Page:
Old Saint Basil's Cathedral in MoscowJohnson's Russia List title and scenes of Saint Petersburg
Excerpts from the JRL E-Mail Community :: Founded and Edited by David Johnson

Irish Times
May 15, 2003
Putin sat on board of firm in Russian mafia inquiry

Mr Vladimir Putin, the Russian president, once sat on the advisory board of a property company under investigation by German authorities for alleged links to the Russian mafia.

St. Petersburg Real Estate Holding Company (SPAG), a property company listed on the German stock market, is believed to have laundered millions for the Russian mafia. Mr Putin sat on the board for seven years and stepped down three years ago on becoming president.

German federal prosecutors raided 28 apartments and offices in Hamburg, Frankfurt and Munich on Tuesday, searching for information related to SPAG, based in the town of Morfelden-Walldorf, south of Frankfurt.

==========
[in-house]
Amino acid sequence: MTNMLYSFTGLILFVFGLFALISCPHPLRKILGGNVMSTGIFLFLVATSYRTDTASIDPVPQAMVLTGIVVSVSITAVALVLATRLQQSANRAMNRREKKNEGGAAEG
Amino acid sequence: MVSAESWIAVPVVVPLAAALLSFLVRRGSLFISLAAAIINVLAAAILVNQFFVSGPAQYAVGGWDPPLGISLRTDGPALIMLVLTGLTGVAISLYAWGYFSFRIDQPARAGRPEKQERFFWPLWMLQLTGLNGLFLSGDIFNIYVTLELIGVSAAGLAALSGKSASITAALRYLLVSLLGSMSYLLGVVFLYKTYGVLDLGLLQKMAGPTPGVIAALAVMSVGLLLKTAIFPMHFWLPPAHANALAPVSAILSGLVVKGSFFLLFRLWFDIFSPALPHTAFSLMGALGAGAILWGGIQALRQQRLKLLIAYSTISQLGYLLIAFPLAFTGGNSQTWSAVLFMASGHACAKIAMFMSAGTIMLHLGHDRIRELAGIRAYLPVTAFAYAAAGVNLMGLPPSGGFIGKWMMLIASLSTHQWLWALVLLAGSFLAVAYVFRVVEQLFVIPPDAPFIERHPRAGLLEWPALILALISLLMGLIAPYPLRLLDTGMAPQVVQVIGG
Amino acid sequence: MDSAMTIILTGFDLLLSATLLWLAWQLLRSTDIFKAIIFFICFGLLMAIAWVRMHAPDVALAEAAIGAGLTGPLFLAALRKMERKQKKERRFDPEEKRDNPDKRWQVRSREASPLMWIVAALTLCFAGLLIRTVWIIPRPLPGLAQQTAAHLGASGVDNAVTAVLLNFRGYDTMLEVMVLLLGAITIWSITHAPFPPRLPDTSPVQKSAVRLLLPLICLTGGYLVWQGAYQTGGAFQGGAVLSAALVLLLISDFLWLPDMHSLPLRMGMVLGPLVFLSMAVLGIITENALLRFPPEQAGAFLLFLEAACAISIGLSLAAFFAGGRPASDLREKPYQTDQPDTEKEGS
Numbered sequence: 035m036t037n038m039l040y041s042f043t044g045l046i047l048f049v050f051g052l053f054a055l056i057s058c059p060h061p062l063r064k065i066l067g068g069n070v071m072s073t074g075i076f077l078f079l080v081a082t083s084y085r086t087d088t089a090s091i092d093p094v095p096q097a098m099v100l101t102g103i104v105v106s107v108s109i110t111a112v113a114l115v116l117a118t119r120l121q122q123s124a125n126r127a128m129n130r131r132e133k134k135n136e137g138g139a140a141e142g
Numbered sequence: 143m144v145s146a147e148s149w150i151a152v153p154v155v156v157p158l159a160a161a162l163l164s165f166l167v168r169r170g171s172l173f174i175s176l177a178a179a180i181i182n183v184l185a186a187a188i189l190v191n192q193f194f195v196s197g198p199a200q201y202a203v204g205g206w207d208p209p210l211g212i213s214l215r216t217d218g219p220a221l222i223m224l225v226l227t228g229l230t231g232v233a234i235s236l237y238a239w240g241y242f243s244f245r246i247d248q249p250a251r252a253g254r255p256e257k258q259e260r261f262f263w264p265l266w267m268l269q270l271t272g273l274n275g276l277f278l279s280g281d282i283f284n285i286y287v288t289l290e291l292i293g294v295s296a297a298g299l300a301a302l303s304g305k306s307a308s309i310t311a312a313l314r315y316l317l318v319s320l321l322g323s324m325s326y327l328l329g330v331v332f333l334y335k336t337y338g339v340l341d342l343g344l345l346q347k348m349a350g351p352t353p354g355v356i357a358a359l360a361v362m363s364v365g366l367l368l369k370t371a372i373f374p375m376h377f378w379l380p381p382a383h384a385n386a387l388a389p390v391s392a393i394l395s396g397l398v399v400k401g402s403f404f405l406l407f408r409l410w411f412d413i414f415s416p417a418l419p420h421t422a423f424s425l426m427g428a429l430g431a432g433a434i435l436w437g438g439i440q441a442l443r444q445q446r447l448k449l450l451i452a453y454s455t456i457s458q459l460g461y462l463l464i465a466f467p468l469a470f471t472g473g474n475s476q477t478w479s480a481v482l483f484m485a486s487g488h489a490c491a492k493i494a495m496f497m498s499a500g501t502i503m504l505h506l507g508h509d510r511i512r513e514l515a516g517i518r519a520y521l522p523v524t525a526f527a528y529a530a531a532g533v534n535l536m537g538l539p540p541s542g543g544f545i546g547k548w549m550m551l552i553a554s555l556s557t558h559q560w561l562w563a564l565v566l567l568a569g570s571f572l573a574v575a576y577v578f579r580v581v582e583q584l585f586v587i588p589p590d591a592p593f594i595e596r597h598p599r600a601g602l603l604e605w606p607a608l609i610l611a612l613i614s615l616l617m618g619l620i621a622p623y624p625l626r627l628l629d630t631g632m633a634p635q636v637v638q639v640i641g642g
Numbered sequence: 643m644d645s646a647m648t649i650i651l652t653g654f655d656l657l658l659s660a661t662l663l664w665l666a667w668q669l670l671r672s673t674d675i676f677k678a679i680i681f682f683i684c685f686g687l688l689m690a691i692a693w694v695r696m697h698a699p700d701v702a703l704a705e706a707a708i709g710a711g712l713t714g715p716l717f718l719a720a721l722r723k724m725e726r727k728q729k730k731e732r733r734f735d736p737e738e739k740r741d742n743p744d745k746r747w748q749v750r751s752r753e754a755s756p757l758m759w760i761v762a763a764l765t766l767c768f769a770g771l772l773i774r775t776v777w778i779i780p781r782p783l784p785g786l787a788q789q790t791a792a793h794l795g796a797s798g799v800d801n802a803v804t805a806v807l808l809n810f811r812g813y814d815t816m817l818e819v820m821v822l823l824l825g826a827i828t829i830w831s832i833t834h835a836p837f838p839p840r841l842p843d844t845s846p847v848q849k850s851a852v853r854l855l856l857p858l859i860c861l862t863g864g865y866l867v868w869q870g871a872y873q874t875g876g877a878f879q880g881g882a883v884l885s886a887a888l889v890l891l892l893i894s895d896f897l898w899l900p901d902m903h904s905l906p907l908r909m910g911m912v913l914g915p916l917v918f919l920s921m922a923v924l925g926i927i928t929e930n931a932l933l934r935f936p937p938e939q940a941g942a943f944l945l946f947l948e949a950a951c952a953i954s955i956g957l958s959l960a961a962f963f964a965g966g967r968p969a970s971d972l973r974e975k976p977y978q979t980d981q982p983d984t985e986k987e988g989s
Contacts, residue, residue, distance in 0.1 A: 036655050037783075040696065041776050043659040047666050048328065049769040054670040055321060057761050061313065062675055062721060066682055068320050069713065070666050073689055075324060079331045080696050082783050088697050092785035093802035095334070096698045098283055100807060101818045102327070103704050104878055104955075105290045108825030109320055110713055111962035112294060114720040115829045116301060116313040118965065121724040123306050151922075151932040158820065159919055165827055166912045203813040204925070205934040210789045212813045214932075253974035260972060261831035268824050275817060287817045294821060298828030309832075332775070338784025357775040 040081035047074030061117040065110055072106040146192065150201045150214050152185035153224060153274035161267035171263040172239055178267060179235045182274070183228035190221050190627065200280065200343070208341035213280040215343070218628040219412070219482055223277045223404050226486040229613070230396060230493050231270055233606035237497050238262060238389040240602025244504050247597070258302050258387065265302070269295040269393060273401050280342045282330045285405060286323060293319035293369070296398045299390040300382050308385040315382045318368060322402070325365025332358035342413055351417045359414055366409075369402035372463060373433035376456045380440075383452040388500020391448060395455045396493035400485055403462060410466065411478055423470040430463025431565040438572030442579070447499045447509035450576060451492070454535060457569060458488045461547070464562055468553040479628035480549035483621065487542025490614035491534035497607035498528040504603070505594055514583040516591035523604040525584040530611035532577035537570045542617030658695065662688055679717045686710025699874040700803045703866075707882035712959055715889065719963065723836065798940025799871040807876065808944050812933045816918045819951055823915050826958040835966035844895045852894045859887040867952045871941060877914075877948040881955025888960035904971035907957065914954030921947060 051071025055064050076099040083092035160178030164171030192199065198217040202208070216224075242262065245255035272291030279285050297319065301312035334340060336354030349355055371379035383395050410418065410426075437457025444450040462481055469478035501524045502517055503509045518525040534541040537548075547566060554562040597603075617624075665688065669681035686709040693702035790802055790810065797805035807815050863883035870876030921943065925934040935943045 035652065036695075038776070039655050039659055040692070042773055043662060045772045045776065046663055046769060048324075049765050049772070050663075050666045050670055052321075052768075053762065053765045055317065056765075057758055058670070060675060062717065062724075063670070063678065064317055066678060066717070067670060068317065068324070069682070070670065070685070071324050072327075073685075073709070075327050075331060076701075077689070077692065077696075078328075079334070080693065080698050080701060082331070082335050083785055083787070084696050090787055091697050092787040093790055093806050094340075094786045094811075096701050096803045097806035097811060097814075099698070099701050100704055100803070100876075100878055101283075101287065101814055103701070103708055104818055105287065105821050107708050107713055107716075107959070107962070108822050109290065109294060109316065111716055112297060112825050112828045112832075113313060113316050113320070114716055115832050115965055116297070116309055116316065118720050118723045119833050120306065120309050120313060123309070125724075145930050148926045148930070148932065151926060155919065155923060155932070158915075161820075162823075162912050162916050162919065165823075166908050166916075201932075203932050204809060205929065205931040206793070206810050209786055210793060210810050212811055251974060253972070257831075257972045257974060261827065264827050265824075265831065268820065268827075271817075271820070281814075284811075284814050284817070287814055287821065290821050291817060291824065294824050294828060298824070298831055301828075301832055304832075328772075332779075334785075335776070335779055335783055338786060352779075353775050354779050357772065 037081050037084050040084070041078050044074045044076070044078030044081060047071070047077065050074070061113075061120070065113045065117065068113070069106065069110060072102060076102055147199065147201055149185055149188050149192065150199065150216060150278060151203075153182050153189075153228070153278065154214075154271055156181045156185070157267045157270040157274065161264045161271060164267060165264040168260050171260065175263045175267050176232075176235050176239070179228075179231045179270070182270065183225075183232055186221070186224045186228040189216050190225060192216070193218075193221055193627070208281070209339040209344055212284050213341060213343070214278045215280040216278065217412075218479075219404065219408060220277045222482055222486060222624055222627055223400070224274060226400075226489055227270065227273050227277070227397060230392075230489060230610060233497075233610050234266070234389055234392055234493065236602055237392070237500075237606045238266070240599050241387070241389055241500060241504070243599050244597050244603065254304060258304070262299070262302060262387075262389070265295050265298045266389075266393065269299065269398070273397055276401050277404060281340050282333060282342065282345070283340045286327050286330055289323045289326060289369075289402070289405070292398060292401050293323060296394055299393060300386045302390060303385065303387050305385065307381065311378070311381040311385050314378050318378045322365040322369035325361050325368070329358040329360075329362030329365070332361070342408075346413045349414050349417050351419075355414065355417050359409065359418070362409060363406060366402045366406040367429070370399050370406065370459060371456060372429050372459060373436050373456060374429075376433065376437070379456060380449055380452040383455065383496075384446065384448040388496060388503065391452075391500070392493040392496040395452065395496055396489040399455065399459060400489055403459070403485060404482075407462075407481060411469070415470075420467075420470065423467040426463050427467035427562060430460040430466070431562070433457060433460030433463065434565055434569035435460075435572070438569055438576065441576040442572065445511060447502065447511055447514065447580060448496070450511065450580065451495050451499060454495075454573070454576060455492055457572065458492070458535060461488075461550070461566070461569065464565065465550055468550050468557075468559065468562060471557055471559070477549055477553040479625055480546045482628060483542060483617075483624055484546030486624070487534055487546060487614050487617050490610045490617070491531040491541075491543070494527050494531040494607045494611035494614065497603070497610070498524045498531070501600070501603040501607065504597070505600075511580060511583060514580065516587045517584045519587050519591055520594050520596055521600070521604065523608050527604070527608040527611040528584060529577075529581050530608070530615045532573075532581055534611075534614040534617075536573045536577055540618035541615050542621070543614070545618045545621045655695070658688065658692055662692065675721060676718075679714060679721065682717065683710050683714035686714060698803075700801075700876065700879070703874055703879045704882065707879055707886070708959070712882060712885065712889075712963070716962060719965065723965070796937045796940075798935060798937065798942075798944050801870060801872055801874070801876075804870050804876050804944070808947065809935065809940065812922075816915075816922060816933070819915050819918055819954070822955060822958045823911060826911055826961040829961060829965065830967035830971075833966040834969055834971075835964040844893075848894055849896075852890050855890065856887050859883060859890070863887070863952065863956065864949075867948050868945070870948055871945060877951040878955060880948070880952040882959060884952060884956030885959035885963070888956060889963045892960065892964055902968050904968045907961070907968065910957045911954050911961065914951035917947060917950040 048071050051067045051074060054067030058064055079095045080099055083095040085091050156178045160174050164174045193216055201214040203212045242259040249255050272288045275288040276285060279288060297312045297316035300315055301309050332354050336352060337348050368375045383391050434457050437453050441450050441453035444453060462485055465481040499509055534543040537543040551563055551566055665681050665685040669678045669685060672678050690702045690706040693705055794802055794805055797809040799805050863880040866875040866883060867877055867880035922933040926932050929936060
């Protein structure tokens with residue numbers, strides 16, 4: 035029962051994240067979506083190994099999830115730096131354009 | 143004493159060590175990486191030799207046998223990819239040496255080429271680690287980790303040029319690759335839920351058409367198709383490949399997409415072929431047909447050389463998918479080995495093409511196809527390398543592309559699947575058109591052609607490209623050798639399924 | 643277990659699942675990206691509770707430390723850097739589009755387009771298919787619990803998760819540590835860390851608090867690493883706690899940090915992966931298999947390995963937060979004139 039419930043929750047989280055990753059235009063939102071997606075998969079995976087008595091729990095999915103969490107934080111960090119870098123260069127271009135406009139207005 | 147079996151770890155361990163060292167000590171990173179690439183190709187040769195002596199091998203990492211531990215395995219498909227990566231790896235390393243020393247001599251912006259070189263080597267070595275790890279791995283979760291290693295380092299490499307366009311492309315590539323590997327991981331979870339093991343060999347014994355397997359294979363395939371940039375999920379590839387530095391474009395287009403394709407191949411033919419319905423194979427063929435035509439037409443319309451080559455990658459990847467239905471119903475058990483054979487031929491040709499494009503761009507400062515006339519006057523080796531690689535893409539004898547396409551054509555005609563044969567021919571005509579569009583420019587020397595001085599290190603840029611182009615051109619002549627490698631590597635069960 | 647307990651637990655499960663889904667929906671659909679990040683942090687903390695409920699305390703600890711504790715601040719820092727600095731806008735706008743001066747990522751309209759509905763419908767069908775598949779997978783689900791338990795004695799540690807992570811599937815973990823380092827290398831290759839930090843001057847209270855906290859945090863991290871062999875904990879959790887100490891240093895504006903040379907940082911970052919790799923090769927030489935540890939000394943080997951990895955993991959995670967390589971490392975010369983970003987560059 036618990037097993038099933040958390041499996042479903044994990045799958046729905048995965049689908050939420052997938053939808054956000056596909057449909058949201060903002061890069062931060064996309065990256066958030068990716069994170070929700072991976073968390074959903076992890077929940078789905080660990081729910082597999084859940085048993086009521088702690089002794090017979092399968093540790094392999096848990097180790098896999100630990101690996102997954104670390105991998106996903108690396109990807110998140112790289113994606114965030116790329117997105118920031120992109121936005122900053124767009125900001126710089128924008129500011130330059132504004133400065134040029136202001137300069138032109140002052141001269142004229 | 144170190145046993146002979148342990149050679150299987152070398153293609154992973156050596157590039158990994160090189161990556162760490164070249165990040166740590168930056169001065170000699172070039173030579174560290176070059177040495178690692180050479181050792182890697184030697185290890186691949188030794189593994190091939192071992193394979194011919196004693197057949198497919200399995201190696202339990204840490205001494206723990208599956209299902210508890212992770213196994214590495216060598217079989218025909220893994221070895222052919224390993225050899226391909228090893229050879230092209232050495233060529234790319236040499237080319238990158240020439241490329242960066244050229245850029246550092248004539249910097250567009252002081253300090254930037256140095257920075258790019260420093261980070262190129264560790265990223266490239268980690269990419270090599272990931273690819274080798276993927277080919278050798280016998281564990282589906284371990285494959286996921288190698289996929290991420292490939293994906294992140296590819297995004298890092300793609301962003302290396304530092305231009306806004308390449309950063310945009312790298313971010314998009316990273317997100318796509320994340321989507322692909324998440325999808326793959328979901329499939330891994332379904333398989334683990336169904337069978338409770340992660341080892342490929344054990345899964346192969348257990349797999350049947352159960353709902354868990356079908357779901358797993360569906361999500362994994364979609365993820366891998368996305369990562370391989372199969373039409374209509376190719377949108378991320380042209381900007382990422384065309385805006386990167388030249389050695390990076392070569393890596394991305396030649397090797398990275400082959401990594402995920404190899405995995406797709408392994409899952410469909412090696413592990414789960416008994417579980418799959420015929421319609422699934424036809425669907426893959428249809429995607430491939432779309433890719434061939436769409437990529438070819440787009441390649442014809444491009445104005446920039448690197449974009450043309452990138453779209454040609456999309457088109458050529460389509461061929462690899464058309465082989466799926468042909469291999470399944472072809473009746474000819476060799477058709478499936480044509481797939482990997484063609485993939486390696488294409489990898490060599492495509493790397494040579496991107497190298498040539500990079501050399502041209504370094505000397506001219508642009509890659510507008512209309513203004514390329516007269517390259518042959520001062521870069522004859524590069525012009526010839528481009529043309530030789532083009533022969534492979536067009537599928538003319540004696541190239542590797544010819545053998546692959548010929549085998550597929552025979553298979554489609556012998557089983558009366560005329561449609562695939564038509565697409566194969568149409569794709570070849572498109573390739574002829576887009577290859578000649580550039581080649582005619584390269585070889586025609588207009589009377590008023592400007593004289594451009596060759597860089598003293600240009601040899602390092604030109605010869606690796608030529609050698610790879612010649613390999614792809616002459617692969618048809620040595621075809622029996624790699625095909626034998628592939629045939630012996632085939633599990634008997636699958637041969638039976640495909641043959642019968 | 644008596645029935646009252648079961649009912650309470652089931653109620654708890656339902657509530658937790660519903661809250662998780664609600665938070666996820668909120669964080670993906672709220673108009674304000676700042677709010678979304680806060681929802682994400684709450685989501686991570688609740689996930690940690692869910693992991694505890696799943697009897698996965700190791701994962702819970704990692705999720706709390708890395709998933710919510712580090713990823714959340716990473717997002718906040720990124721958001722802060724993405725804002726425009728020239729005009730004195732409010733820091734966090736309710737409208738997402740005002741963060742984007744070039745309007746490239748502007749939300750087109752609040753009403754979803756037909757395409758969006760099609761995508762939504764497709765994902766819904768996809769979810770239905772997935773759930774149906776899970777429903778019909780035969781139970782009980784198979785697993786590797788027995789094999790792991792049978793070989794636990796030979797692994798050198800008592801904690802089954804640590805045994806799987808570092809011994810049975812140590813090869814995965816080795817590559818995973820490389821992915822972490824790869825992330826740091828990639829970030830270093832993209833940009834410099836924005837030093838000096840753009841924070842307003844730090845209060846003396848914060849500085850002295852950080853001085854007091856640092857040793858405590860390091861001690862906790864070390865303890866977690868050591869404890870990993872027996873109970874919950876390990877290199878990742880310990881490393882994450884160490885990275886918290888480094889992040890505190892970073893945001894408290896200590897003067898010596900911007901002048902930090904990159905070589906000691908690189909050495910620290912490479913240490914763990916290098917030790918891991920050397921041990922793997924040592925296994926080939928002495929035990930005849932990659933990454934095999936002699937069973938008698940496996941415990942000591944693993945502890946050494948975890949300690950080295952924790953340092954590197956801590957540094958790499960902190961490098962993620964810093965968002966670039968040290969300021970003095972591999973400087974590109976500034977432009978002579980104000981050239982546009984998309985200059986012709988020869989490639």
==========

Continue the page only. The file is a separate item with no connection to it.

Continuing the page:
'This is like firing a shotgun into a dark barn in the hope of hitting someone,' said Mr Markus Rese, chairman of SPAG, to Germany's Manager Magazine.

He confirmed that Mr Putin sat on the company's advisory board since 1992, when he was deputy mayor of St. Petersburg. However, Mr Rese said it was an 'honorary' position, and that the Russian politician never visited the company premises.

Mr Putin is said to have been given a place on the board because of his close relationship with the one-time head of SPAG's Russian operations, Mr Vladimir Smirnov.

The investigation by German authorities began months after Mr Putin left the board, after the company's name emerged in a probe by the German secret service, the Bundesnachrichtendienst (BND), of money laundering in the alpine principality of Liechtenstein.

Federal authorities believe SPAG, founded in 1992, has laundered millions of dollars of Russian mafia money earned through illegal activities such as human trafficking, protection money rackets and alcohol smuggling.

Investigators believe the funds arrived at the German company after passing through a complex network of offshore accounts in countries with looser money laundering laws.

After arriving in Germany, the money was returned to Russia or invested in property.

Top   Next